Elon Musk’s new employee. the entrepreneur appointed Linda Yaccarino to replace him as CEO of Twitter. Yaccarino, who was head of advertising for NBCUniversal, will take over a company that has struggled to expand its advertising business.

Where is Ron DeSantis? Florida Governor Banned State Agencies posting your travel logs, prompting critics to warn that he was trying to hide damaging information as he prepares for a possible presidential run. Steve Schwarzman, the billionaire co-founder of investment giant Blackstone and a top Republican donor, recently met with the governor of Florida, but not convinced about their chances of success, according to Bloomberg.

George Santos pleads not guilty. Long Island’s first-term Republican congressman faces off 13 counts of fraud, including money laundering, wire fraud, making false statements and theft of public funds. The indictment does not immediately bar him from serving in the House, and he would take a two-thirds vote to expel himwhich means the Republicans would have to join the Democrats.

Crashing a plane for YouTube views. A 29-year-old pilot and skydiver has admitted to intentionally crashing a small plane near Santa Barbara, California, as part of a video you shot for a product endorsement. She faces up to 20 years in prison for obstructing a federal investigation by cleaning up the crash site.

Few video games have been as revolutionary as Nintendo’s Legend of Zelda, the action-adventure series launched back in 1986. Now, almost 40 years later, the Japanese company has presented the latest edition of the franchise, Tears of the Kingdom, with the Hope the game lives up to the significant anticipation.

It was released yesterday (some fans he took the day off to play) and it is expected to be a success. But will it be enough to offset the slowdown in Nintendo’s sales? The company last released a new console, the Switch, in 2017, the same year it released its latest Zelda game, Breath of the Wild. Both were highly successful. But the Switch is facing increasing competition, and gamers are moving away from buying expensive hardware in general. New ventures, such asThe Super Mario Bros. movieThey have provided a boost. But Nintendo has no plans to launch a crucial new console within the next year.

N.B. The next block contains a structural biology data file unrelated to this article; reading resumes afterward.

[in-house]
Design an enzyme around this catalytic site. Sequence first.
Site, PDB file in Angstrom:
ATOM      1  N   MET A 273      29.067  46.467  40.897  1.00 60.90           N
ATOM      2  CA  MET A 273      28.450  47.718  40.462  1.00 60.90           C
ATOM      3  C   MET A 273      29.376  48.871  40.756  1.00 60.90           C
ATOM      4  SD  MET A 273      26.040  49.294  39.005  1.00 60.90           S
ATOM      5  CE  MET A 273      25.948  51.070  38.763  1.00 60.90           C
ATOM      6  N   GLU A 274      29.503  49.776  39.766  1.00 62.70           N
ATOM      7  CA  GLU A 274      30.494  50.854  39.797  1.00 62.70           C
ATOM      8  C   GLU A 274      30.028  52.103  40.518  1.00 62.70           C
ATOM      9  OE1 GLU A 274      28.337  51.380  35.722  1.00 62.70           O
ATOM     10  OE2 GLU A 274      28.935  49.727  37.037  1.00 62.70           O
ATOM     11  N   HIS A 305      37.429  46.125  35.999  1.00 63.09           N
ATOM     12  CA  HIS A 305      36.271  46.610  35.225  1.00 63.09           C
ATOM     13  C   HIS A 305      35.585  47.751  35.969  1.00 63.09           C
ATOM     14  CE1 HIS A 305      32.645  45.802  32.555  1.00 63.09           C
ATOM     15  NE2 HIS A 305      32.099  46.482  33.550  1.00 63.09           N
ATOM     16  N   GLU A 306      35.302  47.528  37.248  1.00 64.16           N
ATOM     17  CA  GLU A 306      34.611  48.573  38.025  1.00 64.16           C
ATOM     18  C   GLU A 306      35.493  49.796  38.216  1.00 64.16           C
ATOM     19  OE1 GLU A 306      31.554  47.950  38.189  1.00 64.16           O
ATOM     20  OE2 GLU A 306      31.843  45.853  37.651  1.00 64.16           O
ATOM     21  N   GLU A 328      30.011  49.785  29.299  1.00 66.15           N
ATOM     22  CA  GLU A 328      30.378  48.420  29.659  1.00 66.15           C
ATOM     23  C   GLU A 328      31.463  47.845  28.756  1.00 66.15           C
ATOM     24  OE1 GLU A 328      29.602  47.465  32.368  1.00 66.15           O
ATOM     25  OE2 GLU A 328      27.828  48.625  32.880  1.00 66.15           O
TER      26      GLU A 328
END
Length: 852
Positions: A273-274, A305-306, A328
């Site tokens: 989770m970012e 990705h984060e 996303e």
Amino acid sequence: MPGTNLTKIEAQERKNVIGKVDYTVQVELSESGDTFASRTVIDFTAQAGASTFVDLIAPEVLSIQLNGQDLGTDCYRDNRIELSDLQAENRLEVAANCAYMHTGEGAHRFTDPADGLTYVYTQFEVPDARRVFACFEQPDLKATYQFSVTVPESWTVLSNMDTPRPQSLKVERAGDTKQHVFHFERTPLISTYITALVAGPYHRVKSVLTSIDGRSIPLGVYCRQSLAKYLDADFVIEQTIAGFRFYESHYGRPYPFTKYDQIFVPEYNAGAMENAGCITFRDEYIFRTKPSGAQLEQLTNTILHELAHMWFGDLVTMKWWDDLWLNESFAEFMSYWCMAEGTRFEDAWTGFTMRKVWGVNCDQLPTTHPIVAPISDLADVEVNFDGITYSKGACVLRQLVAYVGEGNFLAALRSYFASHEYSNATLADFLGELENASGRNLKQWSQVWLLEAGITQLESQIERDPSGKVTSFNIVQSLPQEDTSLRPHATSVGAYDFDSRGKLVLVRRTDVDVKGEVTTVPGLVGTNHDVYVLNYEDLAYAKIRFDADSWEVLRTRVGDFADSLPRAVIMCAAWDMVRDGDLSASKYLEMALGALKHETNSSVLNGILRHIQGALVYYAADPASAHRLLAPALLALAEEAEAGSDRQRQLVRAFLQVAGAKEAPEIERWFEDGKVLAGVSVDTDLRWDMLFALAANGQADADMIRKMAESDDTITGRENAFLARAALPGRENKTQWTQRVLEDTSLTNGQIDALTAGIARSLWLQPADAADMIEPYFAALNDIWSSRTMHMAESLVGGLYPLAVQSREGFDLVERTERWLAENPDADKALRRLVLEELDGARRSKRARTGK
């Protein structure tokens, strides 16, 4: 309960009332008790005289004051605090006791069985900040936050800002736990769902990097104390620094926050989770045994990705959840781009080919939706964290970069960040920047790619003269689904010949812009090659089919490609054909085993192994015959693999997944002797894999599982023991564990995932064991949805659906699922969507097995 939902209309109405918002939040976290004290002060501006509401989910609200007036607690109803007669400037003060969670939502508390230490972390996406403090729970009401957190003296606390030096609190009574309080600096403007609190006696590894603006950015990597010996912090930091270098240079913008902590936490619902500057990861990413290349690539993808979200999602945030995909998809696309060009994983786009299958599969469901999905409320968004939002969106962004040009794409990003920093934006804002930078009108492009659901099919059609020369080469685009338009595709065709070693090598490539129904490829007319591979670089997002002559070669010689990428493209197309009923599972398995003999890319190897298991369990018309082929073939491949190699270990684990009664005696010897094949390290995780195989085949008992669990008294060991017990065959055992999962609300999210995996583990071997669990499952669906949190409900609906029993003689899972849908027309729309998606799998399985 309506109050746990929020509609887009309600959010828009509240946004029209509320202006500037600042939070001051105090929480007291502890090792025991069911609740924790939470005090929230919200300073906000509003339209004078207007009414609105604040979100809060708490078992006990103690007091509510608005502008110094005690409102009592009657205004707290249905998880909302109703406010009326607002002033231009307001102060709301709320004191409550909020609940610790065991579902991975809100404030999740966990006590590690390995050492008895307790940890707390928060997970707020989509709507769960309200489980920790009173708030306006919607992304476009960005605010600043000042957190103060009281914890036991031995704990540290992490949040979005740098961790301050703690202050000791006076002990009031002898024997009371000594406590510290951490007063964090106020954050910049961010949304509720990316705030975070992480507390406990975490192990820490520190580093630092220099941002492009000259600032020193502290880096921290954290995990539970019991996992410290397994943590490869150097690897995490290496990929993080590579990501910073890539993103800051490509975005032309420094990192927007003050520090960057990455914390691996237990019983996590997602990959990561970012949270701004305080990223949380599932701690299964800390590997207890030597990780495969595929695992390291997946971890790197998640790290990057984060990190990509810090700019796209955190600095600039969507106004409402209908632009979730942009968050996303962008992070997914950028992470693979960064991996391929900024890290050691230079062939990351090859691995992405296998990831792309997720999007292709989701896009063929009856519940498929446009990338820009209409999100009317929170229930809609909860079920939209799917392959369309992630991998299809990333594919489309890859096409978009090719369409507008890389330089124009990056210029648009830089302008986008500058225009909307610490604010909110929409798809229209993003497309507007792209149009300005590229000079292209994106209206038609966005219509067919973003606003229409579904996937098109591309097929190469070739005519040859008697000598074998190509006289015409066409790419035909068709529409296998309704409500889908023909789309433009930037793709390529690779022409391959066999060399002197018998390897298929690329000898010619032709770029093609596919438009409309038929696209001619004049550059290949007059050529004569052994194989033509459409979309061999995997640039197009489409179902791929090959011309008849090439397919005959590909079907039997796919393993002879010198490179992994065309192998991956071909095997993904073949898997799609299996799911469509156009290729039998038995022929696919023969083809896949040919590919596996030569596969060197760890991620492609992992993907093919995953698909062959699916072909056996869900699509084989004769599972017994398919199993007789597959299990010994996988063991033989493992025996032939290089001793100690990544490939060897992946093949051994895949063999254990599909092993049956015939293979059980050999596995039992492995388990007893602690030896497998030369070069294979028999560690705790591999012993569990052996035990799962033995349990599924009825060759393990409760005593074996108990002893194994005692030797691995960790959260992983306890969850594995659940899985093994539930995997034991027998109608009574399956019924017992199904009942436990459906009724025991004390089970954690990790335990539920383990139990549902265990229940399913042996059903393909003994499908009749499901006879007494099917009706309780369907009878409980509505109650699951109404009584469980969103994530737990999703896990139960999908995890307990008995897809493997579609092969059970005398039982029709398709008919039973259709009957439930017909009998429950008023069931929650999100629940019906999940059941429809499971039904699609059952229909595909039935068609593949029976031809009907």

Still, the Zelda franchise is a valuable asset with a long history and a rabid fan base. Here’s a look at the game and its commercial importance, by the numbers:

29 million: Sold copies of Breath of the Wild, Nintendo’s most popular Zelda game.

10.3 million: Number of views on YouTube for a four-minute trailer for the new game Tears of the Kingdom, which was meticulously reviewed by superfans for suggestions on the next release.

$69.99: Tears of the price of the Kingdom, a $10 increase from what Nintendo usually charges for new games.

125 million: Total number of Switch consoles Nintendo has sold as of March 31, according to the company’s website.

15 million: Number of Switch consoles Nintendo expects to sell this fiscal year, after selling 18 million Switch units in the year to March. “It will be difficult to maintain the sales momentum of Switch in its seventh year,” Nintendo President Shuntaro Furukawa said on a call with investors this week, according to Bloomberg.

Movies about Silicon Valley tech titans like Apple and Facebook captured the drama behind businesses and their larger-than-life founders. “Blackberry”, which hit theaters yesterday, is the latest film to tell the story of a pioneering company and the relationships behind the characters who led it. The phone, with its tiny keyboard, was so transformative and such a mainstay in the lives of executives that it became known as the “crackberry.” But the real theme of the film is the relationship between the technologists behind the device and the executives who turned it into a booming business. And while the BlackBerry may have shined spectacularly in the age of the iPhone, critics have found the film plenty of current relevance. “More than anything, perhaps, ‘BlackBerry’ highlights the vulnerability and exploitability of creatives in a cutthroat marketplace,” wrote Jeannette Catsoulis for The New York Times.

Thank you for reading! We would like your opinion. Email your ideas and suggestions to dealbook@nytimes.com.